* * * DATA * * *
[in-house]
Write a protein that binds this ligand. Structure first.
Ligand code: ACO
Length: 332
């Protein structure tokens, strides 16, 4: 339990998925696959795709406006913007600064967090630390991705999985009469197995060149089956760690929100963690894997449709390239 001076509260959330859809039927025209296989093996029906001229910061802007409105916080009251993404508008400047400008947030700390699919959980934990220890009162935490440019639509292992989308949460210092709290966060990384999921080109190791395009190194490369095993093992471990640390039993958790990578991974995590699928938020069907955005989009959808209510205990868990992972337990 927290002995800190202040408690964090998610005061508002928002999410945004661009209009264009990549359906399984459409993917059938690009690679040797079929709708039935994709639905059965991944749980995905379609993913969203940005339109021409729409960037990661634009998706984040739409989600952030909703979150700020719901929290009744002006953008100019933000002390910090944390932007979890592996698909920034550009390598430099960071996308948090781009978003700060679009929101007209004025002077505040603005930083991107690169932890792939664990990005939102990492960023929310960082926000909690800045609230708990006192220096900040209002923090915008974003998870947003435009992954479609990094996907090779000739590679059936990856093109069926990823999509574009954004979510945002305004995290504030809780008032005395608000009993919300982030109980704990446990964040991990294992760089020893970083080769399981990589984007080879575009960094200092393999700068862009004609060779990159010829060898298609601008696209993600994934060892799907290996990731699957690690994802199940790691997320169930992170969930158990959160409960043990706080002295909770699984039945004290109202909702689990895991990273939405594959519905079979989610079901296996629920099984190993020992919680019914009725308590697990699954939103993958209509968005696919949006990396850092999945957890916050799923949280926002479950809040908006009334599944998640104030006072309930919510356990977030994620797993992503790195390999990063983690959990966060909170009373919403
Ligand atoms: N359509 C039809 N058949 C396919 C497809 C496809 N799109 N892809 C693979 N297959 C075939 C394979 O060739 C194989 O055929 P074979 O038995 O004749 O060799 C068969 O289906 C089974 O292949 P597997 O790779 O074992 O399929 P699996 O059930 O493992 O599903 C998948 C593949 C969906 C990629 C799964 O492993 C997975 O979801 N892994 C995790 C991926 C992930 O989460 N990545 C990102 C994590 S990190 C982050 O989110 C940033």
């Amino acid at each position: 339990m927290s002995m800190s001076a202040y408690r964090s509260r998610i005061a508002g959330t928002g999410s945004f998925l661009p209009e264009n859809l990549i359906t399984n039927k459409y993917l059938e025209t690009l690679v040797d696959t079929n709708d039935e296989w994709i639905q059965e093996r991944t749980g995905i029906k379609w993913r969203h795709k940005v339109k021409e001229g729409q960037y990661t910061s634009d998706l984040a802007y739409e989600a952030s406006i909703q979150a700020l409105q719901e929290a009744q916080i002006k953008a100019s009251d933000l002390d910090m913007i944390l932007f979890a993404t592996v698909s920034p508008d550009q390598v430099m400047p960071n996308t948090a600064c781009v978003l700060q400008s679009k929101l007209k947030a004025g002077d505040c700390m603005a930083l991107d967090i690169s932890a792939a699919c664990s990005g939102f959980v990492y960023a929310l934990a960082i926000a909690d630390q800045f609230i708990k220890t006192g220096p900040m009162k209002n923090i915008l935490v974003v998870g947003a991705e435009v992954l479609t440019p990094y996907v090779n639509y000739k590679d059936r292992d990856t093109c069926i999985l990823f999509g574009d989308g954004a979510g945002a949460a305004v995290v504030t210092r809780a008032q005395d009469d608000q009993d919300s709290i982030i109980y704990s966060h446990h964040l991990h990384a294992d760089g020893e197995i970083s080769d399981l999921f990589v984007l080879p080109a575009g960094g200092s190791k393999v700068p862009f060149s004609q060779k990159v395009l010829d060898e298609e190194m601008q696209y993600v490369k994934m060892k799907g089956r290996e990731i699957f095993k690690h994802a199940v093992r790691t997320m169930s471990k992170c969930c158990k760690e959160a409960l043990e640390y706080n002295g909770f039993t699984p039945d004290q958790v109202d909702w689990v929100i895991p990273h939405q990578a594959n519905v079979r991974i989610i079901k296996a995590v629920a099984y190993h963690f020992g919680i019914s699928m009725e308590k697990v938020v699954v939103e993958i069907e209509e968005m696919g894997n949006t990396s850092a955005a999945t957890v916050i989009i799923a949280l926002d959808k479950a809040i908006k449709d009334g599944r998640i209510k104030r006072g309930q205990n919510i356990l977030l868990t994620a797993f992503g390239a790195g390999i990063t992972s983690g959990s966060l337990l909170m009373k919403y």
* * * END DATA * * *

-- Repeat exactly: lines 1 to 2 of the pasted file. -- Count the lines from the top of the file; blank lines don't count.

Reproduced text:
[in-house]
Write a protein that binds this ligand. Structure first.